We don’t need to talk about Izzet Staticaster, that card was a no-brainer from the get go. On the other hand, Dismember is seeing itself more and more nonexistent in Humans’ sideboards. Maybe it’s because the Phyrexian mana is too much of a liability, but the big reason is that Gut Shot can basically do the same things where Dismember would cost more life. All you need to do is kill a 1 toughness creature to really swing the tides in your favor. Be it a turn one Champion of the Parish in the mirror, a Noble Hierarch in the many decks it sees play in. Gut Shot hits a lot of Affinity’s creatures and is at least a little practical against Infect. It just does a lot for a little, and can come unexpectedly if the opponent isn’t ready for it.
Or, if you’re feeling extra spicy, you can play Fourth Bridge Prowler. While not “always castable” regardless of mana, Prowler is on tribe, and has the same effect on creatures. I’ve played this card in my sideboard a few times, and I will say that I’ve never been disappointed to see it in the games where I sided it in. This card is pretty good, and I’d consider it if you want a human that can “Gut Shot” a creature.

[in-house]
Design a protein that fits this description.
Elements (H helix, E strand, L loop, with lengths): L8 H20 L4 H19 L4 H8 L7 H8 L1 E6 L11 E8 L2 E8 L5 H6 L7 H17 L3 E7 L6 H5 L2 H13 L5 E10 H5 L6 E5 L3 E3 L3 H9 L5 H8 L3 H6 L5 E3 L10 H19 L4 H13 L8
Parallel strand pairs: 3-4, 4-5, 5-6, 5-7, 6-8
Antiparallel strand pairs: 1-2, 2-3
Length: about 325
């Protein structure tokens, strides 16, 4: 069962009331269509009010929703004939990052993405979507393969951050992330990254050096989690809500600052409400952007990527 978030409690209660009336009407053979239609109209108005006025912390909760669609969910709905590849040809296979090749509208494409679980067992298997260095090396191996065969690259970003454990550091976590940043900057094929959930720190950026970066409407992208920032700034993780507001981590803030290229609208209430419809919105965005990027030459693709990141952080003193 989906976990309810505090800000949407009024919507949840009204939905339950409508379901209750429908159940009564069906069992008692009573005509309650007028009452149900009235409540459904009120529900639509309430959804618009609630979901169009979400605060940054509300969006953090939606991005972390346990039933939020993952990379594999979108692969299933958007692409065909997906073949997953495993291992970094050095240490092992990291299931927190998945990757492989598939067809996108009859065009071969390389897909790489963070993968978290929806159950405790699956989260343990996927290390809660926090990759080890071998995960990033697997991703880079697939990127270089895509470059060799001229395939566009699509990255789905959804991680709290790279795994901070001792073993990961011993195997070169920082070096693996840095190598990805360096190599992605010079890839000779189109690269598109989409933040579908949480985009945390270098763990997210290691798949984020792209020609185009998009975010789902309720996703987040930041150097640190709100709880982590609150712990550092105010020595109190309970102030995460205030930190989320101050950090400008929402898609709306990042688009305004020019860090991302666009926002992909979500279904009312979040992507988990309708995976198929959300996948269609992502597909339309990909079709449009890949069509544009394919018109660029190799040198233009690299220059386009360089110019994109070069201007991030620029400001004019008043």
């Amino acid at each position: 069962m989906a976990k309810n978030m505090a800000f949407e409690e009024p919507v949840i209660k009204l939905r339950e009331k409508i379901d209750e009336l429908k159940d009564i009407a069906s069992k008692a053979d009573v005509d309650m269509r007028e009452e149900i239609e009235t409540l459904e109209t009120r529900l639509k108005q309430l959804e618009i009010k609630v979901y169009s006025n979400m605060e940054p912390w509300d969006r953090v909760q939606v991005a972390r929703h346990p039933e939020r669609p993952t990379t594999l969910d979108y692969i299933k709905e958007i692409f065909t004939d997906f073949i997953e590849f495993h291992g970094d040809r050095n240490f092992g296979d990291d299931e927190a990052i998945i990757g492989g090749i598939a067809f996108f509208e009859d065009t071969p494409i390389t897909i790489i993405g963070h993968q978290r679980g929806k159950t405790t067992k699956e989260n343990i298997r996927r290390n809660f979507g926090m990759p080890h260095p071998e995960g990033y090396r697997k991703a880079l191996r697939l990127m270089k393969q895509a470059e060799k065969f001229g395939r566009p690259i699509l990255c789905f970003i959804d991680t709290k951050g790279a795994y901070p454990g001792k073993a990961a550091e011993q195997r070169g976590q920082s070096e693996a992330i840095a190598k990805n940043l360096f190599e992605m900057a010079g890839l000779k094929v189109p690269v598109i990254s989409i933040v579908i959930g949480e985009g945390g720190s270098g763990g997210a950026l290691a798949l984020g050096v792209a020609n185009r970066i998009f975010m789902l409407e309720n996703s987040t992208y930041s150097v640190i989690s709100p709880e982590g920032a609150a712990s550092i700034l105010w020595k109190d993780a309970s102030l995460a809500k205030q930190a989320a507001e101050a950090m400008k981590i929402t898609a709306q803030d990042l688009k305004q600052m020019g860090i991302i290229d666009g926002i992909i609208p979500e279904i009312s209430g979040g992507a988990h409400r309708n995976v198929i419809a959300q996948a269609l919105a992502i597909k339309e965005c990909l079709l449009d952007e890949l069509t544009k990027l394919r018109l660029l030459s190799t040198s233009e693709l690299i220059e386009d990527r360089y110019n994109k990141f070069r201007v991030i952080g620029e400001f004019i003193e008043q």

I first played Gaddock Teeg in my Humans sideboard at GP Phoenix. And like all the other sideboard cards, it didn’t disappoint. Teeg has is very favorable against Tron and it’s many variants, lessening the load on your Kitesail Freebooter and Meddling Mage plays. Teeg turns off a lot of Tron’s scarier cards and allows your other disruptive creatures to be more picky in what they take/name. Gaddock Teeg could also be brought in against other decks such as KCI and UW Control.. Teeg might be a card you’d want to consider placing in your sideboard. While off tribe and seemingly “harder” to cast, his abilities pay dividends when utilized the right way.